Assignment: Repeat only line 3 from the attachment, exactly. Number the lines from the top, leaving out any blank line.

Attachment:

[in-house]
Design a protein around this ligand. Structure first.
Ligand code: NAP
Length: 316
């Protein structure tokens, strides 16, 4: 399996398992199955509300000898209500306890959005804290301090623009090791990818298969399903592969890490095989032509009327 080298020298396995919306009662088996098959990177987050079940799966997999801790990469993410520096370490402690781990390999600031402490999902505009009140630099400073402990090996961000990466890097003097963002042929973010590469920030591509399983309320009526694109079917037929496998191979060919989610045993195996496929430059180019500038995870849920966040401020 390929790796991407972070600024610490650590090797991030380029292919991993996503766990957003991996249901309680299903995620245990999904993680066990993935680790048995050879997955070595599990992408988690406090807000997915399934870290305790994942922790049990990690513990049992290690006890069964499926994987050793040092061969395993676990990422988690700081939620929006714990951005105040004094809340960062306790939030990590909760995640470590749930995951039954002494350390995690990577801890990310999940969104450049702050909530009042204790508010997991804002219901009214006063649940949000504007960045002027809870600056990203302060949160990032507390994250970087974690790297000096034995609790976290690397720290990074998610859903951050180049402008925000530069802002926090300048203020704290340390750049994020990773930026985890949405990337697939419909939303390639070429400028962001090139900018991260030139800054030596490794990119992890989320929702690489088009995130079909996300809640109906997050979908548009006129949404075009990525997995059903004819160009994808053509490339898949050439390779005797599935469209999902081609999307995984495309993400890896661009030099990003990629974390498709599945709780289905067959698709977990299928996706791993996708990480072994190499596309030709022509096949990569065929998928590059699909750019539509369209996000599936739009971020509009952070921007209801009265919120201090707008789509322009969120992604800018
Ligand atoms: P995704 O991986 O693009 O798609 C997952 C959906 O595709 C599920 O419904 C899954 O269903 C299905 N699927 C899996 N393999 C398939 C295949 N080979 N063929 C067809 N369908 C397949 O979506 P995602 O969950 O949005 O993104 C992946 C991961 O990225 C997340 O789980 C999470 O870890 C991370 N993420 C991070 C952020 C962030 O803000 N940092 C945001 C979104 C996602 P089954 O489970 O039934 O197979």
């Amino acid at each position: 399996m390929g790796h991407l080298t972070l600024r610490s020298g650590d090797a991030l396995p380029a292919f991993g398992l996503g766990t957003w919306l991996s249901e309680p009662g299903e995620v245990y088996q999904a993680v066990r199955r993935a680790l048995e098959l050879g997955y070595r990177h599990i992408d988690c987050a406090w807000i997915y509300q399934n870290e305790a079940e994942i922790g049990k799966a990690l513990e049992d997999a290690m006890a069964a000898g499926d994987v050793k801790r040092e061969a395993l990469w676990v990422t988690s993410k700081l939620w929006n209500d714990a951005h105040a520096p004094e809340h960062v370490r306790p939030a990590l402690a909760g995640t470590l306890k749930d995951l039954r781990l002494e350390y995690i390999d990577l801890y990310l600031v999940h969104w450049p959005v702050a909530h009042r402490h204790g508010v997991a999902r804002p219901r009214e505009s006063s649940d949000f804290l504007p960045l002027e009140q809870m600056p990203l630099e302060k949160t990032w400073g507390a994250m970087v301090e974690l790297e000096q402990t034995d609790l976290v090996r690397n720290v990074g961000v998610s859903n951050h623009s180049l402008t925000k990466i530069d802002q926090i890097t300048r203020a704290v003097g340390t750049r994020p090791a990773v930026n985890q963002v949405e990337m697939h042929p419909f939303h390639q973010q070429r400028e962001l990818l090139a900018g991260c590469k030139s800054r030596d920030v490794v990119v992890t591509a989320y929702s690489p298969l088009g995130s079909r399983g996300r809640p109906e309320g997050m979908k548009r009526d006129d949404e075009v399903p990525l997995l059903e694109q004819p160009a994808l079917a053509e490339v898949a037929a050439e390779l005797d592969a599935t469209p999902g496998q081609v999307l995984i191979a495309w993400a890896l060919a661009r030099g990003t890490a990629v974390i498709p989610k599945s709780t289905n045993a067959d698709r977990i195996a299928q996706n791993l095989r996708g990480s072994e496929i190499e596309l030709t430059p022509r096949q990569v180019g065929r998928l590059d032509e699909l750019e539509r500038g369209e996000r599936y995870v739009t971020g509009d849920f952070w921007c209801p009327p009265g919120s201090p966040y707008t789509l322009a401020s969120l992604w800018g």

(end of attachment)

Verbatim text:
Ligand code: NAP